Centre-right candidates contend for top EU job to replace Juncker
It is an election campaign intended to catapult the winner into one of the EU’s top jobs, but 445 million voters could be forgiven for not noticing.
Europe’s largest political group, the centre-right European People’s party (EPP), will on Thursday choose their candidate to run the European commission, the powerful executive that drafts and enforces EU law.
The electorate, composed of 700 delegates from Europe’s centre-right parties, will be choosing between two male politicians.
The favourite is Manfred Weber, a softly spoken German MEP, who leads the EPP in the European parliament. He once described European values as “inspired by our Christian roots” and has run a campaign stressing his Bavarian village background.
The other candidate is Alexander Stubb, a multilingual, former Finnish prime minister, who attended the London School of Economics. He completes Ironman Triathlons and likes to talk of the “fourth industrial revolution”. The winner will become the favourite to succeed Jean-Claude Juncker, if the group wins the largest number of MEPs in the European elections in May.
The parliament’s second-largest bloc, the Socialists amp; Democrats, this week chose the current European commission vice-president, Frans Timmermans, as its lead candidate for the job.
The EPP vote comes amid tension in the group over how to manage Hungary’s increasingly authoritarian prime minister, Viktor Orbán, its most disruptive national leader. Stubb has argued that Orbán should leave the group if he does not sign up to a European state-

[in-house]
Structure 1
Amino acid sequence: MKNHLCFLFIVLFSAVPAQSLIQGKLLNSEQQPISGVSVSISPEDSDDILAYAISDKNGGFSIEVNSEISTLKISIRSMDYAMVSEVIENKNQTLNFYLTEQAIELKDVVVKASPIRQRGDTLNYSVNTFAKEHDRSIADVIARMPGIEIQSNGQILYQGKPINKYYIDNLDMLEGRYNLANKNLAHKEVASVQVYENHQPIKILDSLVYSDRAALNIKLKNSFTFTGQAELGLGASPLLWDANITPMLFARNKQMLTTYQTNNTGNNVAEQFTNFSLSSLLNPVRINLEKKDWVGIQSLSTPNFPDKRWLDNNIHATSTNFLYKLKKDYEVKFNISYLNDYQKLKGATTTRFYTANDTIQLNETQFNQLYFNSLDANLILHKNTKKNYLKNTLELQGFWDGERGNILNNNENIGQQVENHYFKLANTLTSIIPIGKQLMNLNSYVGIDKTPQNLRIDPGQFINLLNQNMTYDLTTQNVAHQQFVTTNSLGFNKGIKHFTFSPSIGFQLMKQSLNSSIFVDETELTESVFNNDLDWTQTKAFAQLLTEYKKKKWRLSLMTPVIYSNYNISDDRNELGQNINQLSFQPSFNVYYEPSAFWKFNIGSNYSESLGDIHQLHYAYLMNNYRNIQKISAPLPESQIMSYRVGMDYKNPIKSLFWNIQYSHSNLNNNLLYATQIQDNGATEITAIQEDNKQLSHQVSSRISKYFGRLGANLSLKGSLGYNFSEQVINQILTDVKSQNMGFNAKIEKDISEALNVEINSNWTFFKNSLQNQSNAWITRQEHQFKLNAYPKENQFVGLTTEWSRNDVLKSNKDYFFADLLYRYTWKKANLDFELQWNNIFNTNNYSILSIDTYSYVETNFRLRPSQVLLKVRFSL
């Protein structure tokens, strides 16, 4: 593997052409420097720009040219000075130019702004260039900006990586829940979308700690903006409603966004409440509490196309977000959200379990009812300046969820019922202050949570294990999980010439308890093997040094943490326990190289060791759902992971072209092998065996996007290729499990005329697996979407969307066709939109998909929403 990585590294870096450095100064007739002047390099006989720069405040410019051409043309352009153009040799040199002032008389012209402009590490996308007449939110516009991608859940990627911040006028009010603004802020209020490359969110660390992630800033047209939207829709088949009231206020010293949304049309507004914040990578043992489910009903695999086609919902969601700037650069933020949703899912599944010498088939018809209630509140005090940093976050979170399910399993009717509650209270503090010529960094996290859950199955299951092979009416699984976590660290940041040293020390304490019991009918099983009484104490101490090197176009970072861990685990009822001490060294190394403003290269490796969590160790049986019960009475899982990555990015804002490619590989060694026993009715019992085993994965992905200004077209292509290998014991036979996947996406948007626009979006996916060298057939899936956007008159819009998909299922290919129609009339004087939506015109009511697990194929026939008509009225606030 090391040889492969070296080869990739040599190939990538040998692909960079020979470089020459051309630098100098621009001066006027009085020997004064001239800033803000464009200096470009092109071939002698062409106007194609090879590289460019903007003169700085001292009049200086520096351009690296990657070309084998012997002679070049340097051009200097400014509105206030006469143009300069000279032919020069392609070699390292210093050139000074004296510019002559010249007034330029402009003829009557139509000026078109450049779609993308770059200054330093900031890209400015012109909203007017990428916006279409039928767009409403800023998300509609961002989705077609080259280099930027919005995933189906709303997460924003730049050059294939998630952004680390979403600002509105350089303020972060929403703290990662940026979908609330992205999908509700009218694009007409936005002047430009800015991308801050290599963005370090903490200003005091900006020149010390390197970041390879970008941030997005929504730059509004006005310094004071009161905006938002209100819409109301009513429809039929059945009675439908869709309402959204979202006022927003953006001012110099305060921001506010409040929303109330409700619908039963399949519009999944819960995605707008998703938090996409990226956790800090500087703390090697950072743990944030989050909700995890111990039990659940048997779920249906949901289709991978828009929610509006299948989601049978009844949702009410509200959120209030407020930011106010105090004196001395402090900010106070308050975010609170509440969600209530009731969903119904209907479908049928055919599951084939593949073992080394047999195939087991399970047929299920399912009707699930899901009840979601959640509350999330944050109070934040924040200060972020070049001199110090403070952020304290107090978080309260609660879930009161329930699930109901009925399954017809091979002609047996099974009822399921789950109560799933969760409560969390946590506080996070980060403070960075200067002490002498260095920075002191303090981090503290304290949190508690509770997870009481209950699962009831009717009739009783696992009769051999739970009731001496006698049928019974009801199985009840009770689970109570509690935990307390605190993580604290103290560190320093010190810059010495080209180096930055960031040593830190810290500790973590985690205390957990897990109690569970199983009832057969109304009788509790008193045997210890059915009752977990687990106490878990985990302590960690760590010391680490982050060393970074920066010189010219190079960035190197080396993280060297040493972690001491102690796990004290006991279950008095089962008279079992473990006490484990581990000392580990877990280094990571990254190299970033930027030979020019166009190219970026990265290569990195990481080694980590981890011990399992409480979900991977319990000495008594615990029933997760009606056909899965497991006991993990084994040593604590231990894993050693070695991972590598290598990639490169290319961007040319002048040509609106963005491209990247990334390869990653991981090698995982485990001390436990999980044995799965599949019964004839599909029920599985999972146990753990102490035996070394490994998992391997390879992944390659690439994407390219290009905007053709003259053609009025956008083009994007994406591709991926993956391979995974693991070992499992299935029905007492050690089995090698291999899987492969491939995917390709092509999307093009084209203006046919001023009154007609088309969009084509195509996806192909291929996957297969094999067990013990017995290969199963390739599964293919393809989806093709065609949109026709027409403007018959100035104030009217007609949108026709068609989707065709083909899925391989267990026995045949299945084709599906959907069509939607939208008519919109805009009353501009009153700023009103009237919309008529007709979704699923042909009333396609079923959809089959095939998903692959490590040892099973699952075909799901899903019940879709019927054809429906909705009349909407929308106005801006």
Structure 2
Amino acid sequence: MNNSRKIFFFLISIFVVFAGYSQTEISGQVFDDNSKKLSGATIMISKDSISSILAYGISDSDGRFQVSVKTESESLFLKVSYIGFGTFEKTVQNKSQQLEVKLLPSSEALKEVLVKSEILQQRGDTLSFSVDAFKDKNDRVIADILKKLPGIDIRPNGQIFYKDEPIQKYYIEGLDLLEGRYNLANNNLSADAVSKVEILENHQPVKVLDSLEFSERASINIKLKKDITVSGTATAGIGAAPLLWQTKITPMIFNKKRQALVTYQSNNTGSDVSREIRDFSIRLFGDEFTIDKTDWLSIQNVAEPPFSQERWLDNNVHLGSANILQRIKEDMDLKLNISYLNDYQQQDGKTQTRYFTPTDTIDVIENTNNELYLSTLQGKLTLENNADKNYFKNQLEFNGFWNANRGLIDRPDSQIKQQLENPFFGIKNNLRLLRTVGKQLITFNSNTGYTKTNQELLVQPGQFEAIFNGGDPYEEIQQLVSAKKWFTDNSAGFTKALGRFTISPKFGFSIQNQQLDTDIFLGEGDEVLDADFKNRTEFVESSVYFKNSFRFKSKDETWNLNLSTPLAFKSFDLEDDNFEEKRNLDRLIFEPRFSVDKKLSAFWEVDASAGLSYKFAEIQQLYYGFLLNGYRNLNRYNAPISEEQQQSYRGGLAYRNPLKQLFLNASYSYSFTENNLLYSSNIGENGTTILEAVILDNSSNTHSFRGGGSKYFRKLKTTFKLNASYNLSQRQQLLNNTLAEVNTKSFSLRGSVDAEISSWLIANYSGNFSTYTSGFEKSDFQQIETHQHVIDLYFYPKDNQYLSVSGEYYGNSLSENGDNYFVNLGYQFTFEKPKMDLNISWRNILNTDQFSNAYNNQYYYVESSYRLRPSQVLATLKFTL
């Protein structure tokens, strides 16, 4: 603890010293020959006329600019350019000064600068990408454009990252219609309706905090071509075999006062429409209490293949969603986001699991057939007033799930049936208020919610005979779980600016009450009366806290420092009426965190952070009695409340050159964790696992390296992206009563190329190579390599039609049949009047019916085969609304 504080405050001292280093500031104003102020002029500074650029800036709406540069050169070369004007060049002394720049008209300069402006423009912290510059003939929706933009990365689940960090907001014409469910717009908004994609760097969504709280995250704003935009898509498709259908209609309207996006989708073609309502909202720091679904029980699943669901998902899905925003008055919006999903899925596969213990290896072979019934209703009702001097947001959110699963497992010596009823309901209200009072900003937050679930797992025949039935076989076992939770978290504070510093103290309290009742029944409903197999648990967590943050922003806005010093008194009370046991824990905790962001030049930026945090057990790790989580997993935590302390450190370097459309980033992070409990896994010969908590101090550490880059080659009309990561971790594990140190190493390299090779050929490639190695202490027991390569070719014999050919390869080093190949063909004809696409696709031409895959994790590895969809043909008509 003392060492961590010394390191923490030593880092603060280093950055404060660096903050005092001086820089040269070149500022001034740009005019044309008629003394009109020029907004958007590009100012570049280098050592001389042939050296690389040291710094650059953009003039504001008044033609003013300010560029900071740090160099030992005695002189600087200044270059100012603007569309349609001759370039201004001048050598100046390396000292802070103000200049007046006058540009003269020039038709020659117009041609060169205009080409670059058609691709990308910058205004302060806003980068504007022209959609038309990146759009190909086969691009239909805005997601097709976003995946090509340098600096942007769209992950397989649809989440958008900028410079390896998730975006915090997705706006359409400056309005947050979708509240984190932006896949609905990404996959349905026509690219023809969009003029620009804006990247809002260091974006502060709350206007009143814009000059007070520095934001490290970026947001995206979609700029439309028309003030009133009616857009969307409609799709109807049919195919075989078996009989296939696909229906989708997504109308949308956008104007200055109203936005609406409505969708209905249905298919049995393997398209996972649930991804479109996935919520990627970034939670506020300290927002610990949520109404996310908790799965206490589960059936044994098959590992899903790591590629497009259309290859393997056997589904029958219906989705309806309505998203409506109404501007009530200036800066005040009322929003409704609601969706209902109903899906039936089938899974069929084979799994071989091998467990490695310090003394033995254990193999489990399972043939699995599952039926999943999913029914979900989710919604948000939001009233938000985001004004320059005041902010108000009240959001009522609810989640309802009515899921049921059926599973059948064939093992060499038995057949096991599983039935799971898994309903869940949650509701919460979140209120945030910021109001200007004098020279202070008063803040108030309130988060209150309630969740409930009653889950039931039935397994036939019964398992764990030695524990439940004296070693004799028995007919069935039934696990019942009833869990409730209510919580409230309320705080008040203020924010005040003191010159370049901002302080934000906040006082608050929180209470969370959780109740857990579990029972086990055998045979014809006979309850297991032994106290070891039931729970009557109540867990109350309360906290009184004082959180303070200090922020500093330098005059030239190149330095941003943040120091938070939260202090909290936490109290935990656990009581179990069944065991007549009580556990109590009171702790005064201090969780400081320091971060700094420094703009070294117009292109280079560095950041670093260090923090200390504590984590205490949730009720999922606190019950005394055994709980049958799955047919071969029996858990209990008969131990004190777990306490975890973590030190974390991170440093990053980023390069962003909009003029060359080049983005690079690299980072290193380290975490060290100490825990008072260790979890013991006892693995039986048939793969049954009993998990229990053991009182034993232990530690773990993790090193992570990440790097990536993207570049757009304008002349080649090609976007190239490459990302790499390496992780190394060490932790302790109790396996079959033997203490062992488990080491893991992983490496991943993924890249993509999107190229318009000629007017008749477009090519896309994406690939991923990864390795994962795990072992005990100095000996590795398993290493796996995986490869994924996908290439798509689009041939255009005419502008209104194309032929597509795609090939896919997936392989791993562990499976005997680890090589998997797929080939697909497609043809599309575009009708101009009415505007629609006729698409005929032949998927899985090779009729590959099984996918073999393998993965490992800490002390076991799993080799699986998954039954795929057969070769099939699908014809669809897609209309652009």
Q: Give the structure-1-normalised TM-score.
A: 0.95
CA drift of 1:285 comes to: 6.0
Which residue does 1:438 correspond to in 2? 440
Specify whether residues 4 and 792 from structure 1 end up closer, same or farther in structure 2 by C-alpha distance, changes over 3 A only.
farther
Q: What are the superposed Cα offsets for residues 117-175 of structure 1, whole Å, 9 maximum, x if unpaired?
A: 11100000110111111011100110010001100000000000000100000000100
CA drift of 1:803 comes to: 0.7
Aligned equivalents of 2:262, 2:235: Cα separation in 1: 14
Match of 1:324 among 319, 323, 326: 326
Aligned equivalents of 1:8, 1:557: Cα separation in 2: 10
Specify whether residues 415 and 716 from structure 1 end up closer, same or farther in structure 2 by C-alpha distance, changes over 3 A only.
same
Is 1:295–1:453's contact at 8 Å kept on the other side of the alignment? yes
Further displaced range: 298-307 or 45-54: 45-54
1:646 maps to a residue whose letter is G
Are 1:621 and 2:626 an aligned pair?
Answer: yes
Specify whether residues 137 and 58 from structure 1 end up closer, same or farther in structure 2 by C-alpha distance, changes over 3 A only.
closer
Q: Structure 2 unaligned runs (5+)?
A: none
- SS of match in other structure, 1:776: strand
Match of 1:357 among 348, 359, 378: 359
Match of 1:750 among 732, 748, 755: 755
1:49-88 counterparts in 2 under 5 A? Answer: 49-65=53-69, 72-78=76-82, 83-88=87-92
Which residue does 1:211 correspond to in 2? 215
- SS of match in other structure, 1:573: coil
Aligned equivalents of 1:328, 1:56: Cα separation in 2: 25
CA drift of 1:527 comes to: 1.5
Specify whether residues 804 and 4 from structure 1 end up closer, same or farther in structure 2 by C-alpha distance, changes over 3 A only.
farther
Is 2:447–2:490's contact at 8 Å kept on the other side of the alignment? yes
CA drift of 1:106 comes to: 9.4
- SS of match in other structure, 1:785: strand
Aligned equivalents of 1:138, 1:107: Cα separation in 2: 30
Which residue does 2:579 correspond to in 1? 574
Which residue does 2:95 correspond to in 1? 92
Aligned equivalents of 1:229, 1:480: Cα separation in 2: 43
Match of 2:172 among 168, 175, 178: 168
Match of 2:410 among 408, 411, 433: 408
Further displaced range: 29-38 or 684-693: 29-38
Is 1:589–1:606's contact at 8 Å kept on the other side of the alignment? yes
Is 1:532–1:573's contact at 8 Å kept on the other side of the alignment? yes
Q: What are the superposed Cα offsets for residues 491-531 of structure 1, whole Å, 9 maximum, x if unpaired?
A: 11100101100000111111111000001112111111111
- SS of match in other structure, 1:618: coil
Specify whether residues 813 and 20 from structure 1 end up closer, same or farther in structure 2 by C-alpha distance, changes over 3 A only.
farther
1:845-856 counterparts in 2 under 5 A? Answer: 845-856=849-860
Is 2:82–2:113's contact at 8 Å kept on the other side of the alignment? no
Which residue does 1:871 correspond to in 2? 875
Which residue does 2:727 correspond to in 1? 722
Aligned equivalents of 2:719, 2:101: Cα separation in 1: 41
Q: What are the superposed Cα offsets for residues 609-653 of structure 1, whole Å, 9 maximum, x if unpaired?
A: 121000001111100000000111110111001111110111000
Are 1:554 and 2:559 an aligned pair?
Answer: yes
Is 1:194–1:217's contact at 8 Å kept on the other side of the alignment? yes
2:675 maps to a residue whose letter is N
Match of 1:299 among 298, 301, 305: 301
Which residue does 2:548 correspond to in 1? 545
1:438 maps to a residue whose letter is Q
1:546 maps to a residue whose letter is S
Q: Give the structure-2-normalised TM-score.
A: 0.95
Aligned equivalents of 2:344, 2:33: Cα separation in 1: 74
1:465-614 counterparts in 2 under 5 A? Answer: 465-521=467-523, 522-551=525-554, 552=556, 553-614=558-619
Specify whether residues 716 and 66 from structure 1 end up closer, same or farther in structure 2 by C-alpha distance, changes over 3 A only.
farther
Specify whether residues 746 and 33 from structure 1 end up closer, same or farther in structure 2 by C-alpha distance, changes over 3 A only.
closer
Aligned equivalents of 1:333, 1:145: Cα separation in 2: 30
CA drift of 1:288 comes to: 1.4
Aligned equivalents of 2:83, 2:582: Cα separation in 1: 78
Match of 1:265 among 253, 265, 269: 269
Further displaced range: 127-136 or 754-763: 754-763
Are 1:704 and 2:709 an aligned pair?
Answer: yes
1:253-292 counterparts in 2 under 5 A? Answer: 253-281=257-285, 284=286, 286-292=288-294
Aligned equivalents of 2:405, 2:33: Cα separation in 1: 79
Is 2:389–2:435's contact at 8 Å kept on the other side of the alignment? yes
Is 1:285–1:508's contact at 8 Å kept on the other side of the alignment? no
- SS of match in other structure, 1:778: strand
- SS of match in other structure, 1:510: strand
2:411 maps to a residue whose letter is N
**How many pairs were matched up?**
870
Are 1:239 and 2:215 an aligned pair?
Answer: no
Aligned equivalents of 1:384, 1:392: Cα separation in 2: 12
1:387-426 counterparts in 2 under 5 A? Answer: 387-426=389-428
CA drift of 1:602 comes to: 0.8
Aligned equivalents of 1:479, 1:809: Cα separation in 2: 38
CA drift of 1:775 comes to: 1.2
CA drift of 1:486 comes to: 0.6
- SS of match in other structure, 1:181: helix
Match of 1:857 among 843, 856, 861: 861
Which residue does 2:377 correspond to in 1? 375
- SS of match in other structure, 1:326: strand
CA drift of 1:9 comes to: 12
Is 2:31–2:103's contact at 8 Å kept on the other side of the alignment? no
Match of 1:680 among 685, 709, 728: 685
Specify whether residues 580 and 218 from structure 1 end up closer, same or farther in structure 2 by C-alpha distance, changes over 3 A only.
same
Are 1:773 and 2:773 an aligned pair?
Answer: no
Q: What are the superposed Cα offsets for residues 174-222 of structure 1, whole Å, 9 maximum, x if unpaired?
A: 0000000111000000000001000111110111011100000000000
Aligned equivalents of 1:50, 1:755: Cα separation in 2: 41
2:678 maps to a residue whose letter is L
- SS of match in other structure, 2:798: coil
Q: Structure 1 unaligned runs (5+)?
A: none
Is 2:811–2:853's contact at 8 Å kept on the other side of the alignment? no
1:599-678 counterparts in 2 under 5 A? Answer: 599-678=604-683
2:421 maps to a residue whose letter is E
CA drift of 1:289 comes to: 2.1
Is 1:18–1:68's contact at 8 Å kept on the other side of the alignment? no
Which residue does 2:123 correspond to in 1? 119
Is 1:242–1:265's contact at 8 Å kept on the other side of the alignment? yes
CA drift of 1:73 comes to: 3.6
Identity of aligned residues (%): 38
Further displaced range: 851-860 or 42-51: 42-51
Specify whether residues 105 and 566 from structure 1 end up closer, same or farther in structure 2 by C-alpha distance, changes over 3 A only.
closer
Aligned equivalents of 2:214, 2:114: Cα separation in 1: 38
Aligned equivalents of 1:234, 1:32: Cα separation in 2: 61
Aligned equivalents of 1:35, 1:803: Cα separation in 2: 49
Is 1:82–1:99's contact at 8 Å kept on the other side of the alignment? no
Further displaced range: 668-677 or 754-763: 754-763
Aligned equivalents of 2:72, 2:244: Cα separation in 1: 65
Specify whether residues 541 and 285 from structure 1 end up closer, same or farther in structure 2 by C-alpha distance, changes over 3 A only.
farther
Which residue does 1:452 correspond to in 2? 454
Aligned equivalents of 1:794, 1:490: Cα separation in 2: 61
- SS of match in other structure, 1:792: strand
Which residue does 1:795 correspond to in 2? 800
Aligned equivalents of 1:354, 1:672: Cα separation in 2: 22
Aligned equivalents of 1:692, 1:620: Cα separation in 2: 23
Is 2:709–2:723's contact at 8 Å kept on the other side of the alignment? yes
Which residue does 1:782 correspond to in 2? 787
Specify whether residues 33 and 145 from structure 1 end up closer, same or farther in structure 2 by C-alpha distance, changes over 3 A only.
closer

ment of values agreed upon by EPP delegates on Wednesday.
The guidance states that the bloc’s money should not be spent in countries “where fundamental EU values and the rule of law are not respected”, or where there is no cooperation with investigations by the EU’s anti-fraud office – an implicit reference to Orbán, who has been accused of treating the EU like a cash register.
But Weber and the EPP hierarchy oppose throwing Orbán out, fearing it could boost the nationalist right. “In every family there is an enfant terrible,” Joseph Daul, the EPPpresident, told journalists. “But as I am a Christian Democrat I prefer keeping my enfant terrible inside the family and to try to talk to him, to reason with him.”
Brexit is one issue the candidates agree on; both regret the UK decision. “Brexit is one of the biggest travesties we have seen in international history,” said Stubb, who has a British wife and children with joint nationality. “Leaving the European Union is a bit like leaving the internet. You can do it, but it’s kind of stupid.”
Weber said the EU had to show voters in the 2019 European elections that there was a benefit to membership. “If you don’t show the difference between being a member of the European Union and being outside that will have a huge impact on the election campaign and that is why we have to be clear. It must make a difference when you are leaving the EU.”